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Maintenance Is Your Right When You Can’t.

January 3, 2018

Maintenance Case lawyer in Chandigarh

I, rather everyone would pray never to be dependent on others for daily needs i.e. food, shelter, clothing and live life with dignity. But life is not always fair and then you have to seek support, or may call it help and in legal terms maintenance from the stronger one who can afford it and help you keep bare minimum.

Under CrPC, Section 125 envisages maintenance to wives children and parents. To all those who want to read the entire provision, here it is:

“Section 125 of CrPC provides for maintenance of wives, children and parents.

It states as under:

(1) If any person having sufficient means neglects or refuses to maintain

(a) His wife, unable to maintain herself, or

(b) His legitimate or illegitimate minor child, whether married or not, unable to maintain itself, or

(c) His legitimate or illegitimate child (not being a married daughter) who has attained majority, where such child is, by reason of any physical or mental abnormality or injury unable to maintain itself, or

(d) His father or mother, unable to maintain himself or herself, A Magistrate of the first class may, upon proof of such neglect or refusal, order such person to make a monthly allowance for the maintenance of his wife or such child, father or mother, at such monthly rate [***] as such magistrate thinks fit, and to pay the same to such person as the Magistrate may from time to time direct:

Provided that the Magistrate may order the father of a minor female child referred to in clause (b) to make such allowance, until she attains her majority, if the Magistrate is satisfied that the husband of such minor female child, if married, is not possessed of sufficient means.

 Provided further that the Magistrate may, during the pendency of the Proceeding regarding monthly allowance for the maintenance under this sub-section, order such person to make a monthly allowance for the interim maintenance of his wife or such child, father or mother, and the expenses of such proceeding which the Magistrate considers reasonable, and to pay the same to such person as the Magistrate may from time to time direct:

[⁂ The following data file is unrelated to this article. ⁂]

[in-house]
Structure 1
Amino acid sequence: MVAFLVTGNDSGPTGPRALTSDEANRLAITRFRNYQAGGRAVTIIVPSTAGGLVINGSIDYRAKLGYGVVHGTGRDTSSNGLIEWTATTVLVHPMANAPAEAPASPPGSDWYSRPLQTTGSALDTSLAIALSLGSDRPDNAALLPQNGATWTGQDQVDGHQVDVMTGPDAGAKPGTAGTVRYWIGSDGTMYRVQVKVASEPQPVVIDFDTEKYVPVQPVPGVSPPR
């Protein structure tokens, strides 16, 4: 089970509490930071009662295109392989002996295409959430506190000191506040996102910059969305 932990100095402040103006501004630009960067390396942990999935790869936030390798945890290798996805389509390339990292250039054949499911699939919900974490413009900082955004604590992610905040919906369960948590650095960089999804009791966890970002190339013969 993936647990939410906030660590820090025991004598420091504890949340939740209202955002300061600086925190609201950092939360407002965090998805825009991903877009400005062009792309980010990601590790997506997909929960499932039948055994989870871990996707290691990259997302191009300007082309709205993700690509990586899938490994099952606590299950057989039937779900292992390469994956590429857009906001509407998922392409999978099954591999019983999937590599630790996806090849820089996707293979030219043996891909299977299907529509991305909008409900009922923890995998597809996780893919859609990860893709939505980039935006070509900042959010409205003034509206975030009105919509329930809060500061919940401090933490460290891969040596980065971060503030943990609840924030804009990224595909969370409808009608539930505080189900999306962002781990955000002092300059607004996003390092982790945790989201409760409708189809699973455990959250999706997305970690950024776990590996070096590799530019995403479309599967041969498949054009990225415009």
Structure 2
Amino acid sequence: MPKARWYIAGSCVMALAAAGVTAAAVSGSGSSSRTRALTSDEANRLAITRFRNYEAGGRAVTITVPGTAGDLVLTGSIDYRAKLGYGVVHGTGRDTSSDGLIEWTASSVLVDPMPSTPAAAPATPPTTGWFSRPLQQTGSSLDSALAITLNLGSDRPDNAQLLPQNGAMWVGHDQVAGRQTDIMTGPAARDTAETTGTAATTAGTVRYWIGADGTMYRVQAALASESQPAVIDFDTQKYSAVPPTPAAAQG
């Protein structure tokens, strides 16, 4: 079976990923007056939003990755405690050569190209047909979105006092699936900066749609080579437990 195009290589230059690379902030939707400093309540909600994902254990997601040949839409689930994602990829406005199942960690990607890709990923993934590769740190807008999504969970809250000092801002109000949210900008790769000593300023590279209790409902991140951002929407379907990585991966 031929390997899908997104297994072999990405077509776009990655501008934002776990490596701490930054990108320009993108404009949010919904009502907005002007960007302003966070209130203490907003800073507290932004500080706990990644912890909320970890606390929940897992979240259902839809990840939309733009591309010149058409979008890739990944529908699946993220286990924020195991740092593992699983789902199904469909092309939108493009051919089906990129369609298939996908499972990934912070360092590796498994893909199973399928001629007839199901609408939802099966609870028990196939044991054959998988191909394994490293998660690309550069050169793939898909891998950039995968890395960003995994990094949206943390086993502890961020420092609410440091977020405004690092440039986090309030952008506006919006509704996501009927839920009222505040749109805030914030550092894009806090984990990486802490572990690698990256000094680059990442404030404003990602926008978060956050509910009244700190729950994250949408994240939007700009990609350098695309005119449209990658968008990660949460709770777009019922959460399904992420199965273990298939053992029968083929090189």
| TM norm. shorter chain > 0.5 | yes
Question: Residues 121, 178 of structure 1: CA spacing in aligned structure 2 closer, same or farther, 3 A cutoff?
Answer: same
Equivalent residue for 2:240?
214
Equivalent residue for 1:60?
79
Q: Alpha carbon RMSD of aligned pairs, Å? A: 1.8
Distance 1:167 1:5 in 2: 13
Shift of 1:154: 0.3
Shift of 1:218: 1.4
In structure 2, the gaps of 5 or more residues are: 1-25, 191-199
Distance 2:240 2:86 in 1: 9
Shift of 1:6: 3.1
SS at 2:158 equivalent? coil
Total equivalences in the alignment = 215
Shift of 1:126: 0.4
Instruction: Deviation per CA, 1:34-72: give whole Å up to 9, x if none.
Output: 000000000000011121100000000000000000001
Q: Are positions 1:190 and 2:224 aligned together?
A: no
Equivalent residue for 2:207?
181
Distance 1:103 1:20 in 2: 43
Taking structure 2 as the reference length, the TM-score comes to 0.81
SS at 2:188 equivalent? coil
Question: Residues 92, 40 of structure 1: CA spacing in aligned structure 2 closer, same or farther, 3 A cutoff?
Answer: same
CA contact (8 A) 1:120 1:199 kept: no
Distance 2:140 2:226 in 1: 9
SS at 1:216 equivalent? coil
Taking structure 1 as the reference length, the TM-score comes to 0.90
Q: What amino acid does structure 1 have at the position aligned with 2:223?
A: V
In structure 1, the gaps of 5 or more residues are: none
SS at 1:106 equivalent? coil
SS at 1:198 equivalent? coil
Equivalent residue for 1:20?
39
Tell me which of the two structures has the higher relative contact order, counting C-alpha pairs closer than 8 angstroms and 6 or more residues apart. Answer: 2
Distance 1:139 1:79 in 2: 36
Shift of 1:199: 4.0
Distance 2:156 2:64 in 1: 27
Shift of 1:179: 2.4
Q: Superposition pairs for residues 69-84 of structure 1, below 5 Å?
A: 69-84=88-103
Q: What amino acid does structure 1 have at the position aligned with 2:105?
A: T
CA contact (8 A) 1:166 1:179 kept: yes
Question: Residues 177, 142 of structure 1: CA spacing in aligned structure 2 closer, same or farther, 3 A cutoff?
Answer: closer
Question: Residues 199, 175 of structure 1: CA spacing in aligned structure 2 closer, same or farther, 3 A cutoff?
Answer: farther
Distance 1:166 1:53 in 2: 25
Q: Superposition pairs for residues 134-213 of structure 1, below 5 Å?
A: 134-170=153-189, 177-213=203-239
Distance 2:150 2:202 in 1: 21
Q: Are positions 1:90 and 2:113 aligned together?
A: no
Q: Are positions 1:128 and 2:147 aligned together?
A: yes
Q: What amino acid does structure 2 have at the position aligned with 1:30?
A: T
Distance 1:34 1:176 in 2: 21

Provided also that an application for the monthly allowance for the interim maintenance and expenses for proceeding under the second proviso shall, as far as possible, be disposed of within sixty days from the date of the service of notice of the application to such person]

Explanation. For the purposes of this Chapter,

(a) Minor means a person who, under the provisions of the Indian Majority Act, 1975 (9 of 1875) is deemed not to have attained his majority;

                                (b) "Wife" includes a woman who has been divorced by, or has obtained a divorce from, her husband and has not remarried.

(2) Any Such allowance for the maintenance or interim maintenance and expenses for proceeding shall be payable from the date of the order, or, if so ordered, from the date of the application for maintenance or interim maintenance and expenses of  proceeding, as the case may be.

(3) If any Person so ordered fails without sufficient cause to comply with the order, any such Magistrate may, for every breach of the order, issue a warrant for levying the amount due in the manner provided for levying fines, and may sentence such person, for the whole, or any part of each month's allowance for the maintenance or the interim maintenance and expenses of proceeding, as the case be, remaining unpaid after the execution of the warrant, to imprisonment for a term which may extend to one month or until payment if sooner made:

Provided that no warrant shall be issued for the recovery of any amount due under this section unless application be made to the court to levy such amount within a period of one year from the dare on which it became due:

Provided further that if such person offers to maintain his wife on condition of her living with him, and she refuses to live with him, such Magistrate may consider any grounds of refusal stated by her, and may make an order under this section notwithstanding such offer, if he is satisfied that there is just ground for so doing.

Explanation. If a husband has contracted marriage with another woman or keeps a mistress, it shall be considered to be just ground for his wife's refusal to live with him.

(4) No wife shall be entitled to receive an allowance from her husband under this section she is living in adultery, or if, without any sufficient reason, she refuses to live with her, husband, or if they are living separately by mutual consent.

(5) On proof that any wife in whose favour an order has been made under this section is living in adultery, or that without sufficient reason she refuses to, live with her, husband, or that they are living separately by mutual consent, the Magistrate shall cancel the order “

Now few inferences to be made from the bare provision: